#5 – As an agent I pursue film deals for all my clients. My process is different than the process outlined above in #1. Personally, I make a list of film co-agents and then pitch to them (much like an author pitches to me). If we sign a co-agent, the co-agent makes a submission list of production companies and submits our book to producers. In my opinion, the benefit to this process is that the film co-agents know producers like I know editors –they are choosing people who are actively acquiring and interested. Even with me and with a co-agent, we still use an entertainment lawyer to negotiate the option contract once it’s on the table. Want to see a list of my film deals and film co-agents? I post that info here (at the bottom, under “most recent rights sales” and “sub-agents”):
#6 – If a book does get optioned to film (meaning the author, agent, film co-agent, entertainment lawyer and production company successfully agree upon an option contract and sign it), then the book goes into a holding pattern. The production company will evaluate it, consider how to produce it, create a “package” and present that package to directors. The option contract is step one in a long process. It’s definitely the first hurdle, but at this point I tell my authors that an actual movie is still a long shot.
#7 – One thing I explain to authors before we sign a film contract is that they don’t have to accept it. Sure, the money is nice, but once we sign that contract, the production company holds creative license for the film product. They now have the right to change characters, change the plot, change the ending, the title, the story, the conflict, the world – anything and everything. If you are not comfortable with relinquishing control of your art, then don’t sign a film contract. Is there any way out of this? Not unless you are Stephanie Meyer, so beware in advance.
#8 – Is all this worth it? Well, if your book does get made into a movie, then you will sell more books. So yes – it’s worth it.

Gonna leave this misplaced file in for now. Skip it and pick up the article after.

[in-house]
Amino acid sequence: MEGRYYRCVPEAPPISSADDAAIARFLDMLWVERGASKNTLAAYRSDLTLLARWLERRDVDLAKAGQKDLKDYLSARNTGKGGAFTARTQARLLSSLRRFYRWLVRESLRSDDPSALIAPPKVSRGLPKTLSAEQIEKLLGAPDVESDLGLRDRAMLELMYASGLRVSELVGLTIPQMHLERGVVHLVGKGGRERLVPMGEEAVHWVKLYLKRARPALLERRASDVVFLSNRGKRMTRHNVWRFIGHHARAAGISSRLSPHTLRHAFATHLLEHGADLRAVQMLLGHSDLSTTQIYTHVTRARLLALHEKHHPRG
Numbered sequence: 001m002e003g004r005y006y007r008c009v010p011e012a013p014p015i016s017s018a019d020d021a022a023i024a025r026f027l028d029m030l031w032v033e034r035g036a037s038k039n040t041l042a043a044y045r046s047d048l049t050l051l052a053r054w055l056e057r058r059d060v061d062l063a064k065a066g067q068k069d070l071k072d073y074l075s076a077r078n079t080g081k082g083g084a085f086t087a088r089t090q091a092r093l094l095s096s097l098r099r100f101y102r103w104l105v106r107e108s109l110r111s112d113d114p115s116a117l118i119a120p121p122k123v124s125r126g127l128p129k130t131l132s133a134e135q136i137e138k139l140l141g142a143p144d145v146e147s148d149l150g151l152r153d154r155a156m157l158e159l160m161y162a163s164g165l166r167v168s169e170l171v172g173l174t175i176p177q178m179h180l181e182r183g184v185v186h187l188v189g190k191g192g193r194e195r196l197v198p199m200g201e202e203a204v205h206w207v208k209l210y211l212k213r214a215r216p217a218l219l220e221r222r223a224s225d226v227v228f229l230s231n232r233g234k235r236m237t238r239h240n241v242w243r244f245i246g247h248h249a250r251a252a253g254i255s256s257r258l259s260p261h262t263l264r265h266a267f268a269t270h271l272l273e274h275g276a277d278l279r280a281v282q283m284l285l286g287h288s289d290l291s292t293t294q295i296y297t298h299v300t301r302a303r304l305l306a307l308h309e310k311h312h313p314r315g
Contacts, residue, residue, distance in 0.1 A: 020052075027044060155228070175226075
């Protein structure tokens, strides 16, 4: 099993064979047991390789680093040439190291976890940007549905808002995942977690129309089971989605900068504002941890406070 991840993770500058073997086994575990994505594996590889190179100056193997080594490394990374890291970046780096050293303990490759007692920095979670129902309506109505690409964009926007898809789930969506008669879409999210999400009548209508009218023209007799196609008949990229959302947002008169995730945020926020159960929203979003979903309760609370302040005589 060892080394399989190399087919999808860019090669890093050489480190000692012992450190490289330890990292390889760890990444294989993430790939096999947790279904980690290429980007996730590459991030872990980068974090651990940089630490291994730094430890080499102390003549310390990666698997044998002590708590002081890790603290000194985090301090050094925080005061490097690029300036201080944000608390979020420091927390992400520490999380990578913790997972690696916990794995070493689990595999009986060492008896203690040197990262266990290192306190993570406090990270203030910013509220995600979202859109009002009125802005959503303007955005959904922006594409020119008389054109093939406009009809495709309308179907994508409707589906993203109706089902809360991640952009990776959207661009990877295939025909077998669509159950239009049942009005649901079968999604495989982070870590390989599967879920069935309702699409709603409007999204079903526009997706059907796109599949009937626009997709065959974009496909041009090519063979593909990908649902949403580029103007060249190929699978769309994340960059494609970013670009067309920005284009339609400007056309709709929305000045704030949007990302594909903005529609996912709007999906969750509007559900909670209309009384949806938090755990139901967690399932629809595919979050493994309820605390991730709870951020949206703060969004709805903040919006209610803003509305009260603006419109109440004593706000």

Needless to say, when people say “you should make it into a movie” I nod and smile. This process is too complex to explain casually over pie and coffee. Now you’re better educated on what a film option means to your author career. For what it’s worth, I do hope all your books are made into movies!
Wow – so much information and my head is swimming. Sara is here to answer your questions – ready, set, go!
On Friday, the fabulous Theresa Stevens is back!
Bio: Sara Megibow, Associate Literary Agent
Nelson Literary Agency, LLC
Sara has worked at the Nelson Literary Agency since 2006. As the Associate Literary Agent, Sara is actively acquiring new clients! The Nelson Literary Agency specializes in representing all genres of romance (except inspirational or category), young adult fiction of all subgenres, science fiction/ fantasy and commercial fiction (including women’s fiction and chick lit). Sara is an avid romance reader and a rabid fan girl of super sexy and intelligent stories.
Nelson Literary Agency is a member of AAR, RWA, SFWA and SCBWI. Please visit our website http://http://www.nelsonagency.com/ for submission guidelines, FAQs, resources and sample query letters. Sara’s Publisher’s Marketplace site (www.publishersmarketplace.com/members/SaraMegibow)  is a great place to find more about her personal tastes, clients and recent sales. You can also cyber stalk Sara on twitter @SaraMegibowHow an agent chooses what books to read.